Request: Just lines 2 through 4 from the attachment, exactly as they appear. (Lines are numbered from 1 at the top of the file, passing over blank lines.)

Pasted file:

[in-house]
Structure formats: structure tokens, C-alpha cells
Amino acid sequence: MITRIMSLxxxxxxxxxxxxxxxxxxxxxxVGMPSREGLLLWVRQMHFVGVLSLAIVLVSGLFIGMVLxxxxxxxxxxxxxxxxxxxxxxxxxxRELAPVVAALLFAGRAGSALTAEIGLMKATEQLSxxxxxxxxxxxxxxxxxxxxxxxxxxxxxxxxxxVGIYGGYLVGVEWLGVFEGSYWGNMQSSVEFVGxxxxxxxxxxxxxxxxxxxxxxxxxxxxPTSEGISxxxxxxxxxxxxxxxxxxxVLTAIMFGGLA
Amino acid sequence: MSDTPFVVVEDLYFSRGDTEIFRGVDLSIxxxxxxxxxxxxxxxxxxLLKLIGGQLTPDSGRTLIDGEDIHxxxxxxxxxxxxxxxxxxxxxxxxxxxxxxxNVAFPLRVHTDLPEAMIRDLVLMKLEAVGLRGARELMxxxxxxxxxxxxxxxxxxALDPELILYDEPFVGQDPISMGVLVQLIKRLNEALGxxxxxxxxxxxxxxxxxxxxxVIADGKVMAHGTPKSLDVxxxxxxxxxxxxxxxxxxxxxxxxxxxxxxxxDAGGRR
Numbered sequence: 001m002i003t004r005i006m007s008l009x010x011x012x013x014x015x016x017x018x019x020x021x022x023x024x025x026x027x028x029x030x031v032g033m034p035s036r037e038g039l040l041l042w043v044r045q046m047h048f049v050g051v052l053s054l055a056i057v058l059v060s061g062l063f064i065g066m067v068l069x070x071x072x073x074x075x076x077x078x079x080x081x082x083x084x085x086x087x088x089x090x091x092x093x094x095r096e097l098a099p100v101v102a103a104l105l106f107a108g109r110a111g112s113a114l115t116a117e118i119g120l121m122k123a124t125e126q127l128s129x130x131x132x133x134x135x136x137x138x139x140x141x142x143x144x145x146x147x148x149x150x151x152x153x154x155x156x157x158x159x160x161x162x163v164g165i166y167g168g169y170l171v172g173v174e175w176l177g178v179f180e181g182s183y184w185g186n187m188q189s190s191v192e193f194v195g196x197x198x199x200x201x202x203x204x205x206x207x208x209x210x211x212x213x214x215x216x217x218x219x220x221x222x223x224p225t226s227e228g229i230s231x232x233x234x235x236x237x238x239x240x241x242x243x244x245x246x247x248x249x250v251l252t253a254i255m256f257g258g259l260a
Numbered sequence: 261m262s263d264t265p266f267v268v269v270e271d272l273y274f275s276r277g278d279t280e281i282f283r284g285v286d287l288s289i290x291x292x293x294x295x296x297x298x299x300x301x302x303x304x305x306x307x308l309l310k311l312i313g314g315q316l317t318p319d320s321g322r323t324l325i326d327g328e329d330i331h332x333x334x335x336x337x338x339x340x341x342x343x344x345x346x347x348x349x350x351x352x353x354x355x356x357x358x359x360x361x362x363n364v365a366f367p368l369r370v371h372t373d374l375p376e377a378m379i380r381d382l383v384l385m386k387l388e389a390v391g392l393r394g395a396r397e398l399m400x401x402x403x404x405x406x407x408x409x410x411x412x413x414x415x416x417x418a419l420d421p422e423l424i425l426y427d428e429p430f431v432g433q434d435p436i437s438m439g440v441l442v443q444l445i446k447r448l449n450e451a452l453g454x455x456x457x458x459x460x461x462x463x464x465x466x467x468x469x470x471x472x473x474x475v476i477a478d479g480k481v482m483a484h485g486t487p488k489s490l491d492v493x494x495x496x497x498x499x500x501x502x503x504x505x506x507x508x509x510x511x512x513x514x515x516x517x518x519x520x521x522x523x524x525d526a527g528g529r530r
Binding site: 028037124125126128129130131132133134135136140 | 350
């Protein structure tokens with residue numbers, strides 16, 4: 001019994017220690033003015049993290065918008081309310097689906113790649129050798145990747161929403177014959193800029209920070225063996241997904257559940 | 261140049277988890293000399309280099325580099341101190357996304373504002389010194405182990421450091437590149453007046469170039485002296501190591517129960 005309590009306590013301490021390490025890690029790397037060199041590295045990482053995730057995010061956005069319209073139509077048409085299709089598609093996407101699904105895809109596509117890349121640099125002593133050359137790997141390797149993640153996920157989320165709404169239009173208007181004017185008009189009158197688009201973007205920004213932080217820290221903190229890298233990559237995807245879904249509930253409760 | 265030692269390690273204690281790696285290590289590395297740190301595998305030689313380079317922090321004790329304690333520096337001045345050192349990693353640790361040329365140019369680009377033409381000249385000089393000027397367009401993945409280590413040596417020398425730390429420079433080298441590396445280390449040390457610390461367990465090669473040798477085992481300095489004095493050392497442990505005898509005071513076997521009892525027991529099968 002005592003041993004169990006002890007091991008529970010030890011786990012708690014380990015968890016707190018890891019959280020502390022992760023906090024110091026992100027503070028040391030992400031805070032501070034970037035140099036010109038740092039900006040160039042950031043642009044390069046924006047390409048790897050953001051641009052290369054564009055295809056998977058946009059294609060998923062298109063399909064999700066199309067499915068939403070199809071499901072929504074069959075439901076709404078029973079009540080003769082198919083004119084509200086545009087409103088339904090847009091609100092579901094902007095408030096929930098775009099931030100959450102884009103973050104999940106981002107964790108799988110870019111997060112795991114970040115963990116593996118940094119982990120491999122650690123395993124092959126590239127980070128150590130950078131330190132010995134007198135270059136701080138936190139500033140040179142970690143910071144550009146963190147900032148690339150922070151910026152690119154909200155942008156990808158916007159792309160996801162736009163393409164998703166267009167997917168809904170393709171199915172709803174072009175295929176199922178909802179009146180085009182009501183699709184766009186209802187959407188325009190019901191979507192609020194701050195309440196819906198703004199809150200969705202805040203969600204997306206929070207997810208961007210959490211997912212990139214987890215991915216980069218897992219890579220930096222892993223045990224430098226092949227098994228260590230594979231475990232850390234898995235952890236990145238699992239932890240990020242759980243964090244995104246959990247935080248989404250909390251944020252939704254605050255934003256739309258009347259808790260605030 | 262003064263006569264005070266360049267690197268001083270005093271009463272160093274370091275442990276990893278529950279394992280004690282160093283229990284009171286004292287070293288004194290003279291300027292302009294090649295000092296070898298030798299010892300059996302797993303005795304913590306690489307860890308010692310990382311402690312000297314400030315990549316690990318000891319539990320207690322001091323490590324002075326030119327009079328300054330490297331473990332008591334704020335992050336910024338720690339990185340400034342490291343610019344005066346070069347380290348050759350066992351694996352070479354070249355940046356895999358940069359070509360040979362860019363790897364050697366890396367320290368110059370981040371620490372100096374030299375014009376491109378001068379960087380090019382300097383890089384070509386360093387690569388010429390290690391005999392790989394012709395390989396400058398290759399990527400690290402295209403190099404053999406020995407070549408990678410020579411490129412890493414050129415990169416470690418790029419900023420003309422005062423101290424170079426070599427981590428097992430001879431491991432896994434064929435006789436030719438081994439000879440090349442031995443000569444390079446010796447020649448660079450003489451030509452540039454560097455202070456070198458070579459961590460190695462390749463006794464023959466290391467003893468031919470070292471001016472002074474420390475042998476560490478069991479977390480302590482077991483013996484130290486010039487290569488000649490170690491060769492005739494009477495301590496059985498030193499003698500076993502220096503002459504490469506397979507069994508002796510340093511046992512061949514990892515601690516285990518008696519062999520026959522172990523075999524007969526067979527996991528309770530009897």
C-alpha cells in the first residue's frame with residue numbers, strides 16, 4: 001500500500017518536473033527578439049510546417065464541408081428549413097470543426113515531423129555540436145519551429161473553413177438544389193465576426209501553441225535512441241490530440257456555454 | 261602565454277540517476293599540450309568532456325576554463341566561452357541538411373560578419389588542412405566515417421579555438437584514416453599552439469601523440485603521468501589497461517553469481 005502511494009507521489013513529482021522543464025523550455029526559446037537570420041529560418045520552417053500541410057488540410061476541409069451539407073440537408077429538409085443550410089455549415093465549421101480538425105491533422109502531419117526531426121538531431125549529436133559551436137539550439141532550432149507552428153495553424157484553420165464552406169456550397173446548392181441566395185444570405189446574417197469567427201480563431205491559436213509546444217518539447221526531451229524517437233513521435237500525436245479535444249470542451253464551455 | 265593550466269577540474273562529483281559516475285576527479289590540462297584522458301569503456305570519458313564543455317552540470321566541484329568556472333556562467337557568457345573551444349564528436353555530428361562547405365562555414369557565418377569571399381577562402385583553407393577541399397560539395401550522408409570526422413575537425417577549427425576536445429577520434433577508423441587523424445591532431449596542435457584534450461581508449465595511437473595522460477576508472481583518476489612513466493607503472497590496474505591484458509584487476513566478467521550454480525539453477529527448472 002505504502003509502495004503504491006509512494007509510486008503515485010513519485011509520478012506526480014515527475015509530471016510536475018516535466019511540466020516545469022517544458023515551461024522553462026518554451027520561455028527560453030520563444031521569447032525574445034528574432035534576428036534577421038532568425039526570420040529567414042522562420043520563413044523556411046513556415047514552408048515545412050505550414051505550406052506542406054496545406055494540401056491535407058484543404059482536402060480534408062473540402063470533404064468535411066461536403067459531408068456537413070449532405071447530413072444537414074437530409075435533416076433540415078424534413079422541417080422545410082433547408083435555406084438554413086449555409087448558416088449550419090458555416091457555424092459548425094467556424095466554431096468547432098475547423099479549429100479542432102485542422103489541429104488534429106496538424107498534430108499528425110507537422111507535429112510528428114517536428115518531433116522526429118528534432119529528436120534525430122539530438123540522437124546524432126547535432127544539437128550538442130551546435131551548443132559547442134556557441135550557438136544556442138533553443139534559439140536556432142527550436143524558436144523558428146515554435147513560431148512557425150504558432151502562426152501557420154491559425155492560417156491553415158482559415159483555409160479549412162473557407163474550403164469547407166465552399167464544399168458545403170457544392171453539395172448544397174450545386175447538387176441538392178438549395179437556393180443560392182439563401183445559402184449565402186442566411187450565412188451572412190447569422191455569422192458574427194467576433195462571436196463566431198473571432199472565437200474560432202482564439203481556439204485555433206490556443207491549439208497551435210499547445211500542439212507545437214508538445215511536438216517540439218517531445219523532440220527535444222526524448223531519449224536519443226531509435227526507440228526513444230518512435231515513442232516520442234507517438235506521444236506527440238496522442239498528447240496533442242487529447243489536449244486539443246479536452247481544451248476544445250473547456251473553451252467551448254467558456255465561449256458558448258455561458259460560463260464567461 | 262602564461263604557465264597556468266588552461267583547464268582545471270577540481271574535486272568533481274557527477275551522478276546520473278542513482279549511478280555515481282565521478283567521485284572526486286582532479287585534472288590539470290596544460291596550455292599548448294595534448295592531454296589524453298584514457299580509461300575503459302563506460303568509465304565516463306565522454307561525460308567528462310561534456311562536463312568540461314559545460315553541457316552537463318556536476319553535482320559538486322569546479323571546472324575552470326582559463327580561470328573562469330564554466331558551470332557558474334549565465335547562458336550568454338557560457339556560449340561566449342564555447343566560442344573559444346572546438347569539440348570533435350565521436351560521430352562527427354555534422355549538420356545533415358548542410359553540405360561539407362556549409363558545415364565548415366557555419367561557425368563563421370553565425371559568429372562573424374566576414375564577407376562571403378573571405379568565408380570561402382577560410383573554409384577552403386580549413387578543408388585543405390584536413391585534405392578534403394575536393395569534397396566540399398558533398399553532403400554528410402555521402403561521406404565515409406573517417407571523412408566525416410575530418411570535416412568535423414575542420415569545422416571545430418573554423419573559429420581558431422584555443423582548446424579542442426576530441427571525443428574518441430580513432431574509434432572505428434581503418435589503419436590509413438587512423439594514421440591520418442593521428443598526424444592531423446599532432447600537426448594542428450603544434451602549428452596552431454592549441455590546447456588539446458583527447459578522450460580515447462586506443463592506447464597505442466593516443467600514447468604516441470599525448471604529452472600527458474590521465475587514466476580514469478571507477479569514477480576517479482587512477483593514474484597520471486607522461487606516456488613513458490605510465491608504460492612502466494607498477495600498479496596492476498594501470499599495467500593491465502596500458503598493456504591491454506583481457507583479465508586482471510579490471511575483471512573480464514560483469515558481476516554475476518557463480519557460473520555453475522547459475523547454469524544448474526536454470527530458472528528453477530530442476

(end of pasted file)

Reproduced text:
Structure formats: structure tokens, C-alpha cells
Amino acid sequence: MITRIMSLxxxxxxxxxxxxxxxxxxxxxxVGMPSREGLLLWVRQMHFVGVLSLAIVLVSGLFIGMVLxxxxxxxxxxxxxxxxxxxxxxxxxxRELAPVVAALLFAGRAGSALTAEIGLMKATEQLSxxxxxxxxxxxxxxxxxxxxxxxxxxxxxxxxxxVGIYGGYLVGVEWLGVFEGSYWGNMQSSVEFVGxxxxxxxxxxxxxxxxxxxxxxxxxxxxPTSEGISxxxxxxxxxxxxxxxxxxxVLTAIMFGGLA
Amino acid sequence: MSDTPFVVVEDLYFSRGDTEIFRGVDLSIxxxxxxxxxxxxxxxxxxLLKLIGGQLTPDSGRTLIDGEDIHxxxxxxxxxxxxxxxxxxxxxxxxxxxxxxxNVAFPLRVHTDLPEAMIRDLVLMKLEAVGLRGARELMxxxxxxxxxxxxxxxxxxALDPELILYDEPFVGQDPISMGVLVQLIKRLNEALGxxxxxxxxxxxxxxxxxxxxxVIADGKVMAHGTPKSLDVxxxxxxxxxxxxxxxxxxxxxxxxxxxxxxxxDAGGRR